Crime and Drugs
CRIME AND DRUGS
Because of widespread public and political concern over drug-related crime, there has been an urgent need to understand the drugs-crime relationship. However, despite numerous studies on this topic, only recently have significant empirical advances in our understanding emerged.
Authors of a comprehensive literature review published in 1980 concluded that the drugs-crime relationship was far more complex than originally believed (Gandossy et al.). While acknowledging significant contributions of previous research, the authors felt that methodological problems in the studies they reviewed had obscured an understanding of the linkage between drugs and crime. As these and other reviewers have observed, perhaps the most serious of these weaknesses was the use of official arrest records as indicators of criminal activity. Studies using confidential self-report methods in settings in which there is immunity from prosecution have consistently documented that less than 1 percent of offenses committed by drug abusers result in arrest.
With a subsequent emphasis on confidential self-report data, studies conducted since 1980 have permitted more realistic estimates of the extent of criminality among drug abusers. In addition, victims of violent crime are now being asked whether they perceived the offender to be under the influence of drugs or alcohol. The annual Bureau of Justice Statistics (BJS) National Crime Victimization Survey asks this question of crime victims. Though a subjective inquiry, the 1998 survey revealed that 30 percent of victims could not determine whether the offender was under the influence of a substance. Of those who could make a determination, about 31 percent reported that the offender was under the influence of drugs or alchohol.
In 1997, the National Institute of Justice (NIJ) established the Arrestee Drug Abuse Monitoring (ADAM) Program to measure drug use among arrestees by calculating the percentage of arrestees with positive urine tests for drug use. ADAM data are collected voluntarily and anonymously at the time of arrest in booking facilities in thirty-five U.S. cities. The ADAM program has given researchers a powerful tool for obtaining empirical evidence of patterns of drug abuse. ADAM is the only national research program studying drug use that employs both drug testing and interviews, giving analysts the means of assessing validity of self-report data. Therefore, ADAM data are less susceptible either to exaggeration or denial of drug use than many other surveys. Moreover, ADAM is the only national drug research program built upon data collection at the local level. This data has revealed that there is no single national drug problem, but rather different local drug problems that vary from city to city.
THE CRIMINALITY OF DRUG ABUSERS
In examining the criminality of drug abusers, it is important to note that the onset of illicit drug use typically does not result in the onset of criminal behavior. Rather, it is the frequency, not the onset, of drug use that increases criminal activity. Further, the positive relationship between drug-use frequency and crime frequency is not consistent across all types of drug use and all types of crime. Such a relationship has been observed with respect to only three types of drug abuse: heroin addiction, cocaine abuse, and multiple-drug use. In addition, such associations are more common for property crime than for violent crime.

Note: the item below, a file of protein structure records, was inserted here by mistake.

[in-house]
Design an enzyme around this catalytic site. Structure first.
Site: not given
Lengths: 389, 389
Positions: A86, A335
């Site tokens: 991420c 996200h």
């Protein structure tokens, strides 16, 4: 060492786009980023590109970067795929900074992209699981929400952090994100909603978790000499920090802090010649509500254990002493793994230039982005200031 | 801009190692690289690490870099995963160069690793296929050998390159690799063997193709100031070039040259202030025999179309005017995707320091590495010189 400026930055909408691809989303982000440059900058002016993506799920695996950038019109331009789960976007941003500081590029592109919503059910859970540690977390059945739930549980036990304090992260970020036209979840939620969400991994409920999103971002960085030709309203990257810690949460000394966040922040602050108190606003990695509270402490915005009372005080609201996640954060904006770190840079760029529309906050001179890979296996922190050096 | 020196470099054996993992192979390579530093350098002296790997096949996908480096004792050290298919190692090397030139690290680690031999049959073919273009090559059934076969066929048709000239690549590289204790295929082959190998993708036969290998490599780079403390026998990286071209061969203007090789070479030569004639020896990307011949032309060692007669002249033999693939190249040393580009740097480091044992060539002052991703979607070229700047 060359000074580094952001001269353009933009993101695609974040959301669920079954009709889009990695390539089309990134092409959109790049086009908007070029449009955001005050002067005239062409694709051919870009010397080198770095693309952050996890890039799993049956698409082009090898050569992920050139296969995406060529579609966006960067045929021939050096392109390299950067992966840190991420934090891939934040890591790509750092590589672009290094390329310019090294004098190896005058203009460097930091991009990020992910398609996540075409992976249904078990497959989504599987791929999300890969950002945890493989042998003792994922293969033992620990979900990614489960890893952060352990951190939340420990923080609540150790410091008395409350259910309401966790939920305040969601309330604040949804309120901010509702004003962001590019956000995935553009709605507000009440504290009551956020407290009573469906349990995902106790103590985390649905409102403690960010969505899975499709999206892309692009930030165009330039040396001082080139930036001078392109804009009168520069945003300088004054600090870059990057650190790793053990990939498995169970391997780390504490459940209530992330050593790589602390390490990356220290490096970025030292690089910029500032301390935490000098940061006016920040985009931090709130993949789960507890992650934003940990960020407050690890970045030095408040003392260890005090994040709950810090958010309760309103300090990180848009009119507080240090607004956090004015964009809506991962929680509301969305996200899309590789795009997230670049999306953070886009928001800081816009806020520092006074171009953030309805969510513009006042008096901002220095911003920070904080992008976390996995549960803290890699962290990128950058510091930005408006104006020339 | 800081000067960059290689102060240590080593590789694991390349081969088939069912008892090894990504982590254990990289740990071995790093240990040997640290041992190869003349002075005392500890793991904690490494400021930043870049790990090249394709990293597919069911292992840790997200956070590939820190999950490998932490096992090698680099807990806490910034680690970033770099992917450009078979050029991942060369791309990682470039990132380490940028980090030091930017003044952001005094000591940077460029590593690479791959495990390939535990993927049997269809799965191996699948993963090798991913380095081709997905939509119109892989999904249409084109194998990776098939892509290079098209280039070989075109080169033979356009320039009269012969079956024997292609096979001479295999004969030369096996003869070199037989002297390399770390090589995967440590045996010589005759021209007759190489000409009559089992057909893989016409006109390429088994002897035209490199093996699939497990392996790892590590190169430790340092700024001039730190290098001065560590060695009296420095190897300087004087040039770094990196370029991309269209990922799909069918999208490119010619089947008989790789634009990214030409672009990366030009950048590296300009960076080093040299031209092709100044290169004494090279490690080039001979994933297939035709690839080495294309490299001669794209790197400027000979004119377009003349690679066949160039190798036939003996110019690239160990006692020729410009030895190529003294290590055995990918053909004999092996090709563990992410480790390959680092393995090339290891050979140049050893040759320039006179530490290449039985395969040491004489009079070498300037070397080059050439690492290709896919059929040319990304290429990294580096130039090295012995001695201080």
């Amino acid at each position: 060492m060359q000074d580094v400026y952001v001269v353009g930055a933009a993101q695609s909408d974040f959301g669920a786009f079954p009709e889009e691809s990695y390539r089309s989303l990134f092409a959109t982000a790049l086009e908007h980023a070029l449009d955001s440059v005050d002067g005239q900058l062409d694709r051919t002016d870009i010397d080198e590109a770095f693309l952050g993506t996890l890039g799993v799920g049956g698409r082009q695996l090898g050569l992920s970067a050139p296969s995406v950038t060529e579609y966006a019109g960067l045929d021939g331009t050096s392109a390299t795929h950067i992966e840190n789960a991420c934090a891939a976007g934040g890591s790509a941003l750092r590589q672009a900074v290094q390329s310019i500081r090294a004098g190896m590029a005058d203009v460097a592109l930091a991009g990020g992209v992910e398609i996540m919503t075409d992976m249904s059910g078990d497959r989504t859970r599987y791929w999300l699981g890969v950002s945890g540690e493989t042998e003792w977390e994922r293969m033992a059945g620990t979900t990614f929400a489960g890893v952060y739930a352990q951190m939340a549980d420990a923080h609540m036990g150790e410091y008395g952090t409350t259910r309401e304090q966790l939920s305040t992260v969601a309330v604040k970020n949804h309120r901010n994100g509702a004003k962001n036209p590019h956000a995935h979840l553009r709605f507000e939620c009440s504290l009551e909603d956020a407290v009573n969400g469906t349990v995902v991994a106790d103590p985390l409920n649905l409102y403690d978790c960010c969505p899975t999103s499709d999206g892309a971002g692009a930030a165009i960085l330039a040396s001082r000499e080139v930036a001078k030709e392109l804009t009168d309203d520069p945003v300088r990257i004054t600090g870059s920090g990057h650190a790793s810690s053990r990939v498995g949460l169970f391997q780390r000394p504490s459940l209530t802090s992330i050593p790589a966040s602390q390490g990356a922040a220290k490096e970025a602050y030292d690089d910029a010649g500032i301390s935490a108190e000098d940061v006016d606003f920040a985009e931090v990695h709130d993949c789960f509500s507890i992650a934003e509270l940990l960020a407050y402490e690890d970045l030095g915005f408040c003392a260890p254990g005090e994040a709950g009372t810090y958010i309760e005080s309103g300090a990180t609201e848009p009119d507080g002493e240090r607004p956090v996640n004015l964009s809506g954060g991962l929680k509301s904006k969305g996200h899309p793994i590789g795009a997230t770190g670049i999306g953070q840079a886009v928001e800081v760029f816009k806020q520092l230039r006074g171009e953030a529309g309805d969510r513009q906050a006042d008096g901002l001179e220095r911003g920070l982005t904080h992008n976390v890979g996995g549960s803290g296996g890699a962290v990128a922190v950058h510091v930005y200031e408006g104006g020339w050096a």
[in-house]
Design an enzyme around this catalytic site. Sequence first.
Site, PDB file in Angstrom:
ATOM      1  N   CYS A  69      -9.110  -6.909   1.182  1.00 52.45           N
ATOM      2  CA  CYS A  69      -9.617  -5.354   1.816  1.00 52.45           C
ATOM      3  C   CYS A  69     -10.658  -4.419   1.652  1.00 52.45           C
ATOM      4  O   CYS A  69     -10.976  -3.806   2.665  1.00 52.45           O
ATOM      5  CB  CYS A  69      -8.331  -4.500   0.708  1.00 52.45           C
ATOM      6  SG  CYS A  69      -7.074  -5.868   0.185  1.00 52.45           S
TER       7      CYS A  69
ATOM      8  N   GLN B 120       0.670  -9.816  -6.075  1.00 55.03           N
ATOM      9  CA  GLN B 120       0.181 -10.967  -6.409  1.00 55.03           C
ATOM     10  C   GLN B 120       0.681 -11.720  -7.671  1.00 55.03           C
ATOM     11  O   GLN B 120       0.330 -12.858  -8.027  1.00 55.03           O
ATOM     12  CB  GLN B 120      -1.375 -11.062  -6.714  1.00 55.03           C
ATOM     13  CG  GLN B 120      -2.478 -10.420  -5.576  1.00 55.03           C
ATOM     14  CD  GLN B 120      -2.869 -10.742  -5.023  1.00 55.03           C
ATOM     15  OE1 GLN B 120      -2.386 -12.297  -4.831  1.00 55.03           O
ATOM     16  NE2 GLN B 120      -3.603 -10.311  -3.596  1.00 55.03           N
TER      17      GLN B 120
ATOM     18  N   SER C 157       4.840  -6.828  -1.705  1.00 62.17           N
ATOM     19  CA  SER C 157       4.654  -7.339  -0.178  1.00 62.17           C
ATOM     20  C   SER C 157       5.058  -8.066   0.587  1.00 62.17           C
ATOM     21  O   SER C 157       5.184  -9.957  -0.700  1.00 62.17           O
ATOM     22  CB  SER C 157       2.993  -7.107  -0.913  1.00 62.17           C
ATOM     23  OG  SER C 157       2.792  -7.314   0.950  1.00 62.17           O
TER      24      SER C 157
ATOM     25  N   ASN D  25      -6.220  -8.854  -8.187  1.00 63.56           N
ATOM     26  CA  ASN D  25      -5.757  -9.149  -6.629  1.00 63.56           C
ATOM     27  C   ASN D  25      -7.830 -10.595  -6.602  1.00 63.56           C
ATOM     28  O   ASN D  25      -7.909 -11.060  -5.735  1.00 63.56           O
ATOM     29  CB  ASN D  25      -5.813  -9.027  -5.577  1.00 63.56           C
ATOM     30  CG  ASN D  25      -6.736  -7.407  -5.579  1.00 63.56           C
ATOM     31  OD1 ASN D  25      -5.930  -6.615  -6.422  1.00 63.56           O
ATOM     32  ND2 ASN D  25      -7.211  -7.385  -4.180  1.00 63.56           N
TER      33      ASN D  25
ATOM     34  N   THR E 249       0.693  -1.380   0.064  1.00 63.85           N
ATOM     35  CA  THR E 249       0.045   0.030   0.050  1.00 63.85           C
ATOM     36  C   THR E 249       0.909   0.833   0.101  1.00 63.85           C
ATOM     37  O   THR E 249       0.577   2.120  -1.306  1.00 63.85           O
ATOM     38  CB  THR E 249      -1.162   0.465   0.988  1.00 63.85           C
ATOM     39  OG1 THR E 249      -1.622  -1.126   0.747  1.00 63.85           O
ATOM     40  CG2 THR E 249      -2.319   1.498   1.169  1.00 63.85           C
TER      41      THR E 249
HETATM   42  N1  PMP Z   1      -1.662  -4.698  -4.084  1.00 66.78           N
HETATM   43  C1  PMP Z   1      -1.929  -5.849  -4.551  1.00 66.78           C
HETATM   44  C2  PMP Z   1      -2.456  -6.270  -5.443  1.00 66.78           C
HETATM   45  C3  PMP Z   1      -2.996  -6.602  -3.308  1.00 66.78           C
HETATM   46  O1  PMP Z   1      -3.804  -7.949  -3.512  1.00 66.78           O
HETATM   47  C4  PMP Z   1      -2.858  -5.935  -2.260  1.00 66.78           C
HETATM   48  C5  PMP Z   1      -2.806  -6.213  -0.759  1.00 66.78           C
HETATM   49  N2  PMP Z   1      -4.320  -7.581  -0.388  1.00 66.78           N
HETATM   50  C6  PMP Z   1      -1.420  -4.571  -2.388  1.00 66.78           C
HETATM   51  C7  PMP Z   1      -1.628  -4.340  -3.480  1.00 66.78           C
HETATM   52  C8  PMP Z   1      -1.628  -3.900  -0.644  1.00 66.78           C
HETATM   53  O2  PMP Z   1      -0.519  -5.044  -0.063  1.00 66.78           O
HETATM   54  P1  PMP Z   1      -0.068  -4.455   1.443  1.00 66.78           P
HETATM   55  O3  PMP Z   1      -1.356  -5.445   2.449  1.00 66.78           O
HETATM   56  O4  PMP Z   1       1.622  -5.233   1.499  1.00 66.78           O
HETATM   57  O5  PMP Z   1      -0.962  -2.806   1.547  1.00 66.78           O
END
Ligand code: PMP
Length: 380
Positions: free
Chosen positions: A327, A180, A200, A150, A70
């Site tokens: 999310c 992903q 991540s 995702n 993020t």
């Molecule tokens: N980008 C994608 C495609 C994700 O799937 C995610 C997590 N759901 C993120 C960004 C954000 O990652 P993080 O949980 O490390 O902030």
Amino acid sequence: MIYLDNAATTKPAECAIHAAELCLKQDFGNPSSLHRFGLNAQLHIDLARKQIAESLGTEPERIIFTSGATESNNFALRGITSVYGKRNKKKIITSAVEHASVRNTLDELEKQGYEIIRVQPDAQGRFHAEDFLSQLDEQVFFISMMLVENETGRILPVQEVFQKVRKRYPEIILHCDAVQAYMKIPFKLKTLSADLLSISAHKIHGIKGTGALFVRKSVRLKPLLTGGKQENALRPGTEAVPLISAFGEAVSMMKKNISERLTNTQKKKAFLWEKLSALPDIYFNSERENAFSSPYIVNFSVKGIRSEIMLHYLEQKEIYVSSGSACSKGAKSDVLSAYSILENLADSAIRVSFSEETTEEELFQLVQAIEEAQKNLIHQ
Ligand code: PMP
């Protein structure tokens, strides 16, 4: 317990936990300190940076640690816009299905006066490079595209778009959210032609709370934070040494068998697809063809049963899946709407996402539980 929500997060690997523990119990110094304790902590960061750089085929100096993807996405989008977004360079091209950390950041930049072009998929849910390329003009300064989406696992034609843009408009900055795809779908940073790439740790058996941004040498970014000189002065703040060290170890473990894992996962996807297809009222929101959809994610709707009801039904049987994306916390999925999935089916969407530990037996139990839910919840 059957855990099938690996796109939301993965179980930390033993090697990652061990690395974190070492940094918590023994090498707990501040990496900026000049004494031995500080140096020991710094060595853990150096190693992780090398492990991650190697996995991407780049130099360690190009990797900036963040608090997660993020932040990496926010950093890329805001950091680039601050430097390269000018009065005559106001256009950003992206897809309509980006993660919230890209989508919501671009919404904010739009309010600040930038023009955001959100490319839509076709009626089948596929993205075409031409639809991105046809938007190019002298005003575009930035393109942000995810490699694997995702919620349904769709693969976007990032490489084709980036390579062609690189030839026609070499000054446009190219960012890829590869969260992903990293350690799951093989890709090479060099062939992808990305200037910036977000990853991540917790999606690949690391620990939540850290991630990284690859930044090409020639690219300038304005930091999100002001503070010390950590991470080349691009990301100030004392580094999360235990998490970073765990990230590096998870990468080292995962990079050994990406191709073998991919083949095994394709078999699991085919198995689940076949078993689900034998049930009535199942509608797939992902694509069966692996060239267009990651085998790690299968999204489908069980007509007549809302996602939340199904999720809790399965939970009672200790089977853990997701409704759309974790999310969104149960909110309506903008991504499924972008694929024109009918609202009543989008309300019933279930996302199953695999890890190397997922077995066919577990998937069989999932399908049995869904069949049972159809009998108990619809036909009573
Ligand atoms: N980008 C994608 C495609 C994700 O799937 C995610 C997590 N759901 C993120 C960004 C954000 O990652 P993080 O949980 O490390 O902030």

Narcotic Drug Use.
Much of our knowledge about the relationship between drugs and crime comes from detailed self-report information on the type, extent, and severity of criminal activity of Narcotic (mainly heroin) addicts. Large-scale, independently conducted studies have convincingly shown that increases in property crime and robbery, which has components of both property crime and violence, are associated with increased heroin use. Such a relationship, however, is less clear for violent crimes other than robbery.
Prevalence and Scope of Property and Violent Crime. Several key studies reveal an exceptionally high prevalence of property crime among narcotic addicts. Anglin and Speckart (1988) found that 82 percent of a sample of 386 California male narcotic addicts reported involvement in property crime over an average five-year period of daily narcotic use. Anglin and Hser (1987) reported that 77 percent of a sample of 196 female narcotic addicts from California admitted to involvement in property crime during an average six-year narcotic addiction period. Inciardi (1986) noted that almost all of a sample of 573 male and female narcotic abusers from Miami had reportedly engaged in theft during the year prior to interview. Inciardi also found that these individuals reported involvement in more than 77,000 property crimes (on average, 135 per subject) over a 12-month period while at large in the community. This figure included 6,669 burglaries, 841 vehicle thefts, 25,045 instances of shoplifting, and 17,240 instances of fencing. While these studies varied in sampling methods and definitions of property crime (e.g., including and not including robbery), all provided evidence that a substantial majority of narcotic abusers routinely engage in property crime.
Property crime comprises a considerable portion of the crime, other than drug distribution, committed by narcotic addicts. For instance, Nurco et al. (1991a) found that of the nondistribution crimes committed by a sample of 250 male narcotic addicts during an average 7.5-year addiction period, approximately 48 percent were property crimes.